I am Assistant Professor of Sociology at Tel-Aviv University. My research examines the impact of globalization on national identity and citizenship. I received a Ph.D. in Sociology from Princeton University. In 2019-2020, I was a postdoctoral fellow at Harvard University's Weatherhead Center.
One longstanding project analyzes the consequences of the permissive shift in states' relation to dual citizenship. Other projects I am currently working on examine related questions, including: What drives the acquisition of investor visas by millionaires in developing countries? Do people equate international travel with high social status? Are citizenship and national identity coming to be viewed in an instrumental manner, and what measures do states employ to make them more sacred?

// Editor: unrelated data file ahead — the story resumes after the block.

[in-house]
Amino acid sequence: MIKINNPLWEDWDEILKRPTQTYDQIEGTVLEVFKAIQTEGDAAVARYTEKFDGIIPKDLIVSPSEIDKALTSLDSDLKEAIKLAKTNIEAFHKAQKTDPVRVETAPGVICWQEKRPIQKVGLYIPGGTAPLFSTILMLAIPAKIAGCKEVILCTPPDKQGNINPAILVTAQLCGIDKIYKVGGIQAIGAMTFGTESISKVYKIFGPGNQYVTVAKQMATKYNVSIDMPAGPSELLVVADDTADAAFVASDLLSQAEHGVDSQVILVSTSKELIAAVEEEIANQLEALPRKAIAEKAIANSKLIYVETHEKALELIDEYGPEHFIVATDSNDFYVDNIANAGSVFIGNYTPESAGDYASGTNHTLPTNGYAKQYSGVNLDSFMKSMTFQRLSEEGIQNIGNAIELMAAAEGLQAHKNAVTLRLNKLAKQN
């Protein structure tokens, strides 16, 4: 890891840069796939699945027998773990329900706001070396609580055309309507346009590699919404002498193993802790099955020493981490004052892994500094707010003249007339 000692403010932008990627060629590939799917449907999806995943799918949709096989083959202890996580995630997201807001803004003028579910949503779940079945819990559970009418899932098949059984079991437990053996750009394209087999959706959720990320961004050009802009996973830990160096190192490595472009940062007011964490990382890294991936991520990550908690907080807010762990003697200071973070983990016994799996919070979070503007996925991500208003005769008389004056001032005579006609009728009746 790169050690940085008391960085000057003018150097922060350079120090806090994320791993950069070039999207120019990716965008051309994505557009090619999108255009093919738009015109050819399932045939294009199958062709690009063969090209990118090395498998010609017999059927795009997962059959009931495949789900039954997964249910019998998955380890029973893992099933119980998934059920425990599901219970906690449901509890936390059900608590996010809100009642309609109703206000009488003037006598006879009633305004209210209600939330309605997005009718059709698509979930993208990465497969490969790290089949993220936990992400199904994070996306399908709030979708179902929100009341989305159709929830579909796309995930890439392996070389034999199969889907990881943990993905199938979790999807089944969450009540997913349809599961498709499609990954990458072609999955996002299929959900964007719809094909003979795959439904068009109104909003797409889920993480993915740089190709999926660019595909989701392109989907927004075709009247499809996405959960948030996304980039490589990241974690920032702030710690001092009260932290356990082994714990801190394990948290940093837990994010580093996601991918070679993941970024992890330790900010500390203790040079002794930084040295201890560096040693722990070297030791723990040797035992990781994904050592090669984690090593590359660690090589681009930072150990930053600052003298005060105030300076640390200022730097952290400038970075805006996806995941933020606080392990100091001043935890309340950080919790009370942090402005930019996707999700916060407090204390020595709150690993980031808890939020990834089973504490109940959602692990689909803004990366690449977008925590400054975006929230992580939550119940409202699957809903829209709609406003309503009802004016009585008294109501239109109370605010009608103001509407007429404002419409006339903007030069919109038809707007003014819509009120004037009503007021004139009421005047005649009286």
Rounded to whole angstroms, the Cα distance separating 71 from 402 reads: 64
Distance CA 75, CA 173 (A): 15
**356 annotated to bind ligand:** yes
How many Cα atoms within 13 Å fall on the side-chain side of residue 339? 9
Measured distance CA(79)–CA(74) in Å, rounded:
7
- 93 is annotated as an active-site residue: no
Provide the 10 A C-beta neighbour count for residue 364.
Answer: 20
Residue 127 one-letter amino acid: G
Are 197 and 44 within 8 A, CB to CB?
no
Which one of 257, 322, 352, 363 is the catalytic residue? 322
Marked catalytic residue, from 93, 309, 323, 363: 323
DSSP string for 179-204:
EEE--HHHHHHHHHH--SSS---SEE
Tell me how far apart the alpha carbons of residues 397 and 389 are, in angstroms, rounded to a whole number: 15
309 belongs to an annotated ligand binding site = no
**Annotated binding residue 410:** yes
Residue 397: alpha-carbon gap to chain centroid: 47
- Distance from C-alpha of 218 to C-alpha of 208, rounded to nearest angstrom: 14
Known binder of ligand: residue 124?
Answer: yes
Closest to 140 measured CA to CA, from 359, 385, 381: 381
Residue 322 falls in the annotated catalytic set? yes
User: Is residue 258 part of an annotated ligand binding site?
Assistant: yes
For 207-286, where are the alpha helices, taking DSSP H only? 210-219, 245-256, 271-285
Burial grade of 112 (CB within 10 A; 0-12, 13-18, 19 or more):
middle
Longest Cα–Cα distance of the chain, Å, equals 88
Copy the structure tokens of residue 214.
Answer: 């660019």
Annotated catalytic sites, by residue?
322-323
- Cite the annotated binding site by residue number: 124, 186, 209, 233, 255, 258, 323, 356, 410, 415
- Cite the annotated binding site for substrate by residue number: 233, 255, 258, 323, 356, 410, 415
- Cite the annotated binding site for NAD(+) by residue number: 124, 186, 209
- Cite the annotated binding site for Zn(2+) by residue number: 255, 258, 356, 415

My book, Citizenship 2.0: Dual Nationality as a Global Asset (Princeton University Press), came out in 2019. The book analyzes and compares the dynamics of dual citizenship in three cases: EU citizenship in Israel, Hungarian citizenship in Serbia and U.S. dual nationality in Mexico. The book sheds light on the global trend of strategic citizenship, and explores its implications for ethnic and national identities, immigration and inequality.